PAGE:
My wife and I have watched 11 seasons of Top Chef, beginning with season four and continuing in an unbroken streak through season 15. We’ve lived in southern California and Chicago during that time, which has allowed us to actually visit the restaurants of several of the contestants. We pick one out, then save for weeks to pay for it as a birthday or anniversary dinner. It’s our nerdy little tradition.
We did it again yesterday, and in-between the pasta and meat courses we tried to recall every Top Chef contestant restaurant we’ve been to and decide which was our favorite (we settled on nine).
Two things about this hobby of ours.
- I always feel like I don’t belong. The food is always so meticulous and the service so fussy. The clientele is always so attractive, sometimes even famous. I spend the whole meal feeling like an imposter, like some Joe who snuck in through the alley door left open by the sous chef on her smoke break.
- I usually end up embarrassed at the way in which I clearly belong in these places. Everybody there looks like me. Everybody but the staff, that is. I looked around the dining room last night and could not deny the obvious, that there wasn’t a single person of color seated at a table.
You can’t have it both ways, can you? You can’t both cling to an outsider’s inferiority complex and enjoy the spoils of the insider’s privilege at the same time. If you’re there, you’re not that different than everybody else who is there. You inhabit a space that lots of other people simply can’t, for reasons that are not hard to discover.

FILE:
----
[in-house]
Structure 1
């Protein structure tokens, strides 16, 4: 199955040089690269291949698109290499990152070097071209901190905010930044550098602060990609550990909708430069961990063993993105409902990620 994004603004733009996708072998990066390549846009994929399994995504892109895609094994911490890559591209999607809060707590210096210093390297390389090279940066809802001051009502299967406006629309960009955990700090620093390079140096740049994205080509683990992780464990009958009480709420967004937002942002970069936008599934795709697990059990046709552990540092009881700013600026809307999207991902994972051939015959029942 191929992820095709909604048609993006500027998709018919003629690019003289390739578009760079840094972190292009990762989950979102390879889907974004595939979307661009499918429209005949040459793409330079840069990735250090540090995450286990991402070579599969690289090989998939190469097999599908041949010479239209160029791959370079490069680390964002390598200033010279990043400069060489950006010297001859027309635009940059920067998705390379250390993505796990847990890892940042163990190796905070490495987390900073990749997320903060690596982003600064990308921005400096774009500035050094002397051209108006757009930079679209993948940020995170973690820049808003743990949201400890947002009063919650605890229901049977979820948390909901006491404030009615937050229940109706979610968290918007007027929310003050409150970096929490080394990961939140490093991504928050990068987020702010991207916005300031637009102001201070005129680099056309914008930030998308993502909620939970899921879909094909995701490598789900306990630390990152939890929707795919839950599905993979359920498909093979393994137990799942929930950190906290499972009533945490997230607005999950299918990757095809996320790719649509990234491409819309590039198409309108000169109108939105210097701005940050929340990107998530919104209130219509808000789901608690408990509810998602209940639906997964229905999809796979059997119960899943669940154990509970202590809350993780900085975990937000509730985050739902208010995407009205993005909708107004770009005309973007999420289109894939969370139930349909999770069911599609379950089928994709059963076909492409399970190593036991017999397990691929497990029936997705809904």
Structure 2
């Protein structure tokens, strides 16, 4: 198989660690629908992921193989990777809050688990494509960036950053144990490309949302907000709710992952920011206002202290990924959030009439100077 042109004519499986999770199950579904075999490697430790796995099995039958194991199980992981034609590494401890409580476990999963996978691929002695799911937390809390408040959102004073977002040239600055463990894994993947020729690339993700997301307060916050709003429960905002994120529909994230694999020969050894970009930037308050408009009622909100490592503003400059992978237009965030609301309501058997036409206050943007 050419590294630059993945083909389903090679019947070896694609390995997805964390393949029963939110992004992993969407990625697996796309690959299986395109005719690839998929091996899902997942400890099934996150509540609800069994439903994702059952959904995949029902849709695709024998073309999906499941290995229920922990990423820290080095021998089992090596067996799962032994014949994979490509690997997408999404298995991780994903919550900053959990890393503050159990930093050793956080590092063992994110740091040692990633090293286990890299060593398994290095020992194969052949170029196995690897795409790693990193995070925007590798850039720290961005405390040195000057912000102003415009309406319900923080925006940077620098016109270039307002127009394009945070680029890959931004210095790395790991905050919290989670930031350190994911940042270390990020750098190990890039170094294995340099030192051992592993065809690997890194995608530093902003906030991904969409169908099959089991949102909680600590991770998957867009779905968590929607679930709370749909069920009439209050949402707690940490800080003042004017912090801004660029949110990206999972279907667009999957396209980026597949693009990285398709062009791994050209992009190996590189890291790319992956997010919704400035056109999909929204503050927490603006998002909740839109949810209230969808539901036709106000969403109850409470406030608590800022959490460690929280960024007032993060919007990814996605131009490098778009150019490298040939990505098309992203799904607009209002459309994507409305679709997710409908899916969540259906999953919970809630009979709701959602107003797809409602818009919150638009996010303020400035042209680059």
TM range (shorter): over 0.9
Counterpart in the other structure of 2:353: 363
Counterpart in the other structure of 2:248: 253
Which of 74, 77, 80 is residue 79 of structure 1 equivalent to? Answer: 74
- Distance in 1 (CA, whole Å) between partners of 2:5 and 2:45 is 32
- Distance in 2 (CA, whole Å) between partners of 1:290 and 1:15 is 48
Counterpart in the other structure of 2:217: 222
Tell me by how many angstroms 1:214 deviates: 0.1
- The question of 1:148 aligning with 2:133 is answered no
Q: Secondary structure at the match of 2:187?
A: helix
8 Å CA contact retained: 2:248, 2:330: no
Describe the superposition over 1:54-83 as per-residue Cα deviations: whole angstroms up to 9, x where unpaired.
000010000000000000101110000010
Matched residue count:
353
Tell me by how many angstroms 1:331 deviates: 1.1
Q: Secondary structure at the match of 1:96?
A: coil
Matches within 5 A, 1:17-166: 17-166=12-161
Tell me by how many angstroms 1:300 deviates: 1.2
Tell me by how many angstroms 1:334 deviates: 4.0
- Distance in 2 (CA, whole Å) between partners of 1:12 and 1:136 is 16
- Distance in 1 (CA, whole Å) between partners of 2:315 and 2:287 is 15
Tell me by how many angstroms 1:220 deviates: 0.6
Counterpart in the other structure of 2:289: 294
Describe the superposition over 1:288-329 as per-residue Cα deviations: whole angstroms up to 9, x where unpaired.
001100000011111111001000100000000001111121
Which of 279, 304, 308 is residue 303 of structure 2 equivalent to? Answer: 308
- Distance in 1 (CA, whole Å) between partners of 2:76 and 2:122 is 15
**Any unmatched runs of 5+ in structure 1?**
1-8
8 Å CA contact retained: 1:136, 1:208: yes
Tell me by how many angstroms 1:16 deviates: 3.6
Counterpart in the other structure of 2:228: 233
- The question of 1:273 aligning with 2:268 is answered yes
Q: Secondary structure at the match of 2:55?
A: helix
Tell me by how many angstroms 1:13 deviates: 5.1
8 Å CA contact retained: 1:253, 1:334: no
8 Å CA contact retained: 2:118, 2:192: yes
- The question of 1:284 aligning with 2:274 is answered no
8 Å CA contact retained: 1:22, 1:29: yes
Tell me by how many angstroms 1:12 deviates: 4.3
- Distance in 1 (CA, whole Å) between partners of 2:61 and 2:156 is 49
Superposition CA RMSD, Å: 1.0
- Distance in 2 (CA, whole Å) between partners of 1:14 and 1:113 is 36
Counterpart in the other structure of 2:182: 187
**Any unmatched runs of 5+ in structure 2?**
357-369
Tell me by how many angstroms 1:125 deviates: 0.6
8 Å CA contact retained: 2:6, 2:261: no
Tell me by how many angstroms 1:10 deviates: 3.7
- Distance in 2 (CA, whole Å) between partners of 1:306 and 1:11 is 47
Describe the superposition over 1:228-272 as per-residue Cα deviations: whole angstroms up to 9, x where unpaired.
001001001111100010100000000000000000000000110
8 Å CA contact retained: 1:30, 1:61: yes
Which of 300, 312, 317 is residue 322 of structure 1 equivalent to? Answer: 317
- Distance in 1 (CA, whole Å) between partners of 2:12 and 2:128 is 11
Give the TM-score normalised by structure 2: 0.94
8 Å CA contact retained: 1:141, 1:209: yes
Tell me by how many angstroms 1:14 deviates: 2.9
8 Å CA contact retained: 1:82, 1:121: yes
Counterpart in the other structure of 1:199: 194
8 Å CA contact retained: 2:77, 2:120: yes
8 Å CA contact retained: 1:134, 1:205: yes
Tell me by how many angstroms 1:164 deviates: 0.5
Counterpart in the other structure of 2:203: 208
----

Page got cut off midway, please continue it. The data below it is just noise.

Let that bother you. Enjoy the beurre blanc, but let that bother you.
4 thoughts on “Two Things About Going To Top Chef Restaurants”
This is so good and so true. Thanks for helping us keep our feet on the ground and being aware of things that aren’t right. By the way, did you enjoy the meal? 🙂
Such an interesting idea and experience. Thanks for sharing. I try to pay for food that I can’t make as well at home. Comes down to sauces, dressings and ingredients.
When I was living in France, I had to go to the embassy and pick-up paperwork. I brought a visiting American friend along but she would not come inside because the building was too fancy, she was not comfortable. By then I was used to the grand old buildings and didn’t think twice about admiring rooms full of marble, gilt, carpets and large oil paintings. Would I live like that? No, but acclimation and cultural adaptation happens, as does choosing what is most fun and flavorful!
Wherever we travel, or just go, I look around to see who is in the room. Do they look like me? I live in a very diverse city so am accustomed to seeing a variety of colors, shapes, even hearing languages besides English. We traveled to Oregon a few years back. I was shocked that everywhere we stopped that everyone was white. It was quite disconcerting.